John Sh and I managed a couple more Corbridge sessions in February, involving Hawaii (which I declared to be “not bollocks”, but it seems to feel pretty dated now) and a first-play-in-a-long-while for Shipyard (which is just as good as I remember from the previous occasions it’s been out).
But enough of Corbridge. To Newcastle, where I knew a 14-year-old boy I’d played Concordia with last time would be waiting to play Twilight Struggle with me. J (not to be confused with my J, who’s only 8) had attempted – but not finished – a few plays at home before, but any TS aficionado will tell you that it’s best to learn from someone who knows the game. That left me in the awkward position of either (a) taking the USSR, driving the usual early-war tempo and utterly demolishing him in the first few turns, or (b) taking the USA and watching the rest of the night disappear into an epic back-and-forth that doesn’t feel like a normal game of TS… and probably still winning anyway.
I took option (a).
I don’t think it was an unfair choice. I think it’s really helpful to see how the early war should play out with a more experienced USSR player (I’m certainly not a great player myself, but I knew enough to point out to J the importance of the Turn 1 AR1 coup in Iran… which I carried out beautifully and locked him out of western Asia for the rest of the game), and a new player taking the USSR against an experienced USA player can result in the mid war bogging down horribly. And to his credit, J only tried a couple of things that I really wouldn’t have done, so I pointed them out and suggested a rethink.
We got just into Turn 4 and onto the fifth scoring card of the game before I hit 20 VPs. A coup in Panama set me up for a quick infiltration into South America and I scored it for the 2 VPs I needed. I don’t think J was too crushed by his defeat, and I hope he enjoyed it enough to convince his parents to play again. He was certainly starting to recognise the signs that I was holding a particular scoring card… and he also appreciated the ability to bluff in that regard, so he was never entirely convinced I was doing what it looked like I was doing. (I was.) Ahhh, Twilight Struggle. It truly is a great game.
We joined his mum and brother, plus John Sh, Olly and Graham for a game of Paris Connection (aka SNCF). I hadn’t played it before, but it’s about as simple as a decent game can be. I was just getting the hang of the mechanisms when it ended, a round short of me having that crucial tenth share, with Olly (who had ten shares) taking the win. Really good fun in a short package.
After a seemingly complex decision-making procedure involving seven people and a bunch of games that went to five maximum, I ended up at a table with my copy of Samurai, club stalwart Lloyd and relative newcomers Sarah and Iain. Samurai is at its best with players who relish destroying other people’s plans, and there’s always a faint concern that married couples can introduce a relationship-based metagame or just be too nice to each other. No such concerns with Sarah and Iain, who proceeded to be just as mean to each other as to everyone else.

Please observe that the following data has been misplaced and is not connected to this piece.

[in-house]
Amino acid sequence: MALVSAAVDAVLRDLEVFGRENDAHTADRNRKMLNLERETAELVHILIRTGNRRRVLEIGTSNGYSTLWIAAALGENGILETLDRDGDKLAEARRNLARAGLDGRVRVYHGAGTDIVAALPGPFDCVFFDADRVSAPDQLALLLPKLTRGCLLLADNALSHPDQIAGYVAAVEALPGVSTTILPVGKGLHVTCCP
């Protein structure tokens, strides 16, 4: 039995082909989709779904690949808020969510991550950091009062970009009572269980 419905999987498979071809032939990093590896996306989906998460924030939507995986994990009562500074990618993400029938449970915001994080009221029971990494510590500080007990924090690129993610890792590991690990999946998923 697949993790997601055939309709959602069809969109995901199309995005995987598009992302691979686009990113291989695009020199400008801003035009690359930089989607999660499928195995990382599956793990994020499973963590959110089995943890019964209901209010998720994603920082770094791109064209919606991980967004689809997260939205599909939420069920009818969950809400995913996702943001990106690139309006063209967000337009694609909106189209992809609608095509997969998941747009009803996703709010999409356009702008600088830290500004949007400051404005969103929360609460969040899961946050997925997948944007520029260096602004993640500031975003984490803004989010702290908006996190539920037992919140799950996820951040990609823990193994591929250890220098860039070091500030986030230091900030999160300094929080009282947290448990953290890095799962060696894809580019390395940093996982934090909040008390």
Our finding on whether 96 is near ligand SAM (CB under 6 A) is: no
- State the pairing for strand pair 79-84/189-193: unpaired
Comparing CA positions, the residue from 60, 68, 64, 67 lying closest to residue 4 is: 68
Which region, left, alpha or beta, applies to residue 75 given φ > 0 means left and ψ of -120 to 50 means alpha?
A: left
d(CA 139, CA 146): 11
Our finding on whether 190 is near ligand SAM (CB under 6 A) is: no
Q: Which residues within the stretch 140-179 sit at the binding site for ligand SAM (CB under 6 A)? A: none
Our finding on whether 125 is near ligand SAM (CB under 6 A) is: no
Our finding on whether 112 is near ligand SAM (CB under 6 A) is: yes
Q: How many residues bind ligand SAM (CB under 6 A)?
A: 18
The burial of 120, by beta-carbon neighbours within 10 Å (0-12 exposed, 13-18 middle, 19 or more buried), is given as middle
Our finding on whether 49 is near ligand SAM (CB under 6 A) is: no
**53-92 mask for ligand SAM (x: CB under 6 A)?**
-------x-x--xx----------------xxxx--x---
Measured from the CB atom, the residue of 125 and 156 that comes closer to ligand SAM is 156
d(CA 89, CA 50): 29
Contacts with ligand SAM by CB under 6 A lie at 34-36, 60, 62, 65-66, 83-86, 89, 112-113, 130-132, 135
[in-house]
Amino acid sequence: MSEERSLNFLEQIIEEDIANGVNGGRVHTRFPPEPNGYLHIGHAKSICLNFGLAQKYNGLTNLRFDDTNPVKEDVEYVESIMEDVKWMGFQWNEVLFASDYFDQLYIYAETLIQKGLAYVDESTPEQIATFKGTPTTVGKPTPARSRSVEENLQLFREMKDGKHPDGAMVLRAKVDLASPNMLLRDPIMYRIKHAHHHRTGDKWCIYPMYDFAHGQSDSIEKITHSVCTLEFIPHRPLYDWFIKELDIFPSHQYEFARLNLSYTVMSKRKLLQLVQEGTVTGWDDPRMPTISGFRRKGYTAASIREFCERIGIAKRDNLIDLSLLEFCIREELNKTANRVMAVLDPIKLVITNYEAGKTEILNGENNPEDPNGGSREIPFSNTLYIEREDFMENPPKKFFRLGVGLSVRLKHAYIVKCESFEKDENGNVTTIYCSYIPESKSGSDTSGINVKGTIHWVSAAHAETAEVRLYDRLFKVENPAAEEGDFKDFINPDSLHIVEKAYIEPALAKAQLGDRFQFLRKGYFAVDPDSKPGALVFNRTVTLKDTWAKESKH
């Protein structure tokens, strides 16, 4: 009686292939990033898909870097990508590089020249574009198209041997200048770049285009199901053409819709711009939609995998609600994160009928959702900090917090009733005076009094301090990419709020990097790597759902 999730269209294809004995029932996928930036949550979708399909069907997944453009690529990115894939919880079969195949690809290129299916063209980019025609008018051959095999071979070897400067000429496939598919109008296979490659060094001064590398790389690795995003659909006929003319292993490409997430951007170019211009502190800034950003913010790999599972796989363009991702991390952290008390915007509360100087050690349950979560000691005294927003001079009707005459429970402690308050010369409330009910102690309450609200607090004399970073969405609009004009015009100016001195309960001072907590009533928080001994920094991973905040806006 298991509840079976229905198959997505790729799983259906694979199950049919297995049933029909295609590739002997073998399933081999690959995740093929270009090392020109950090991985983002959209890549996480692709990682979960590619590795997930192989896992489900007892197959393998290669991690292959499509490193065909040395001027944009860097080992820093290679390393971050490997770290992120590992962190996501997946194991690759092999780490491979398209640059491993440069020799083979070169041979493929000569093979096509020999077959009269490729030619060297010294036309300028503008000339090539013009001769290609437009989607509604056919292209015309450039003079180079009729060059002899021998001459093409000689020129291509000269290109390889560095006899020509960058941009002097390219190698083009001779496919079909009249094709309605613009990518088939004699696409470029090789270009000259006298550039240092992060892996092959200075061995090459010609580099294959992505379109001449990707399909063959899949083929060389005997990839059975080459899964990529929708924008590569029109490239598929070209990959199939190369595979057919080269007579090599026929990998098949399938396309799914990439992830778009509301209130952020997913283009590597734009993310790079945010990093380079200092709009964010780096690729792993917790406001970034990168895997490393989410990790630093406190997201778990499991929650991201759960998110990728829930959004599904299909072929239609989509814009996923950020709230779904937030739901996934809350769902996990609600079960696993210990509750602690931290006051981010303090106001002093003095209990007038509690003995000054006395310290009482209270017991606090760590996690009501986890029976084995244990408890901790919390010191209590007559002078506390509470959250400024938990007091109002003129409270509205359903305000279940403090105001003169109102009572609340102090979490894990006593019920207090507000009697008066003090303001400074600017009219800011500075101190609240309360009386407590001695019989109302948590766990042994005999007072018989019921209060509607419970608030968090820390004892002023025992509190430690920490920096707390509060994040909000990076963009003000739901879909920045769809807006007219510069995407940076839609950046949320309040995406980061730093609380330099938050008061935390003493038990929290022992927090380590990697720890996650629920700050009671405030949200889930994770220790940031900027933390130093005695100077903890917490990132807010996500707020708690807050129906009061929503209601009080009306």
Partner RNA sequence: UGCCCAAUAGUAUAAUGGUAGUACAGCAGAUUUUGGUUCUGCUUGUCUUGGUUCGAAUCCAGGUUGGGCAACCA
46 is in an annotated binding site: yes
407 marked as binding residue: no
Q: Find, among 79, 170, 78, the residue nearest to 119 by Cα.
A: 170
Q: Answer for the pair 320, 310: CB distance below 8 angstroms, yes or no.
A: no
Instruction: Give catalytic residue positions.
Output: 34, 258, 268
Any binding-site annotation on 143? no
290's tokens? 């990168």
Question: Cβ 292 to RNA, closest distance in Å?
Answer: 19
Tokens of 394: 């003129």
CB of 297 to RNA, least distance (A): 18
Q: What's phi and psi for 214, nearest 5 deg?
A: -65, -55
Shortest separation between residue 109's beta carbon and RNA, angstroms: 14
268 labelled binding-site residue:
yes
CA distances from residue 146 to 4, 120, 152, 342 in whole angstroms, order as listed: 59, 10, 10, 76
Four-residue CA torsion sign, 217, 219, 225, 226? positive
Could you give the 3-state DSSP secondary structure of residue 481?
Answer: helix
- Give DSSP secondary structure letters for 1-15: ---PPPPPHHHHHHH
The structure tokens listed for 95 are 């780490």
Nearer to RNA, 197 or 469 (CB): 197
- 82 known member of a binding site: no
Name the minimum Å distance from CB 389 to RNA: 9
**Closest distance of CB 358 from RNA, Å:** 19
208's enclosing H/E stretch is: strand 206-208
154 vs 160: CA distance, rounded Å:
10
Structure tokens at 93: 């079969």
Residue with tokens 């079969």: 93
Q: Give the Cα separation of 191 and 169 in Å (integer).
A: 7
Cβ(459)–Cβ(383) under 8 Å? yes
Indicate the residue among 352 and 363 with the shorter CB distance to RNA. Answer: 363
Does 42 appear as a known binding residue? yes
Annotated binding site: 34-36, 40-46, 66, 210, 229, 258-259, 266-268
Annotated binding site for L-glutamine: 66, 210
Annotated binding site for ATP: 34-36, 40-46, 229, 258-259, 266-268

I’d like to try Samurai with just three at some point. My two plays with four players have felt like they’re just a little too long and the extra board space possibly introduces a bit too much chaos with the statue-swapping and tile-replacing tiles. But it was still wonderfully aggressive euro fun. (I really should get hold of Tigris and Euphrates.) Sarah took the win by concentrating only on buddhas and rice; she took the scoring tile for both categories, automatically winning. (I managed to take the tile for castles, but I was clearly too diluted in the other two categories.)
After a lovely and enlightening conversation (in which I learned that Sarah and Lloyd had both penned entries on Urban Dictionary, one of which is simply too obscene to link to, and Lloyd told us about one of his plays and the resultant domain name shenanigans), Lloyd and I were left to play Lost Cities. It had been a very long time since I’d last played it, but I’d remembered the dangers of starting too many expeditions. Lloyd, meanwhile, was playing fast and loose, so over the course of our three rounds, things just got better for me and worse for him. I eventually won, 79 to -11. Yes, minus eleven.
Olly and John joined us to round off the evening with The King of Frontier. This remains a fantastic little game after six plays. I thought I was doing pretty badly to start off with (I declared myself to be playing “the long game” after several rounds without completed production areas); after finally finishing off my quarry and forest, I could actually afford some Buildings and shifted into a new gear. First of all, Reclaimed Land let me discard part of a city I’d just foolishly finished; next, I replaced that discarded tile with The Statue of a Man, which gave me 5 more points; the final, glorious touch was the Ancient Monument, which let me sift through my discard pile and place anything that would fit. As it turned out, that filled every space on my board except one, and it was only a couple of turns of Development before I pulled a tile that slotted in perfectly.
Lloyd had actually done really well with a couple of Building tiles and Olly had a nice combo of Warehouse (storing cubes) and a tile that scored VPs per cubes left at the end of the game, but nothing was enough to beat that 12-point swing from fitting my last tile in. John, meanwhile, was… well… he hadn’t completed many areas.
Final score – Me: 48 / Lloyd: 43 / Olly: 37 / John: 12
Newcastle Gamers is usually on the second and last Saturday of every month, 4:30 pm until late at Christ Church, Shieldfield, Newcastle upon Tyne! Details can be found on Meetup.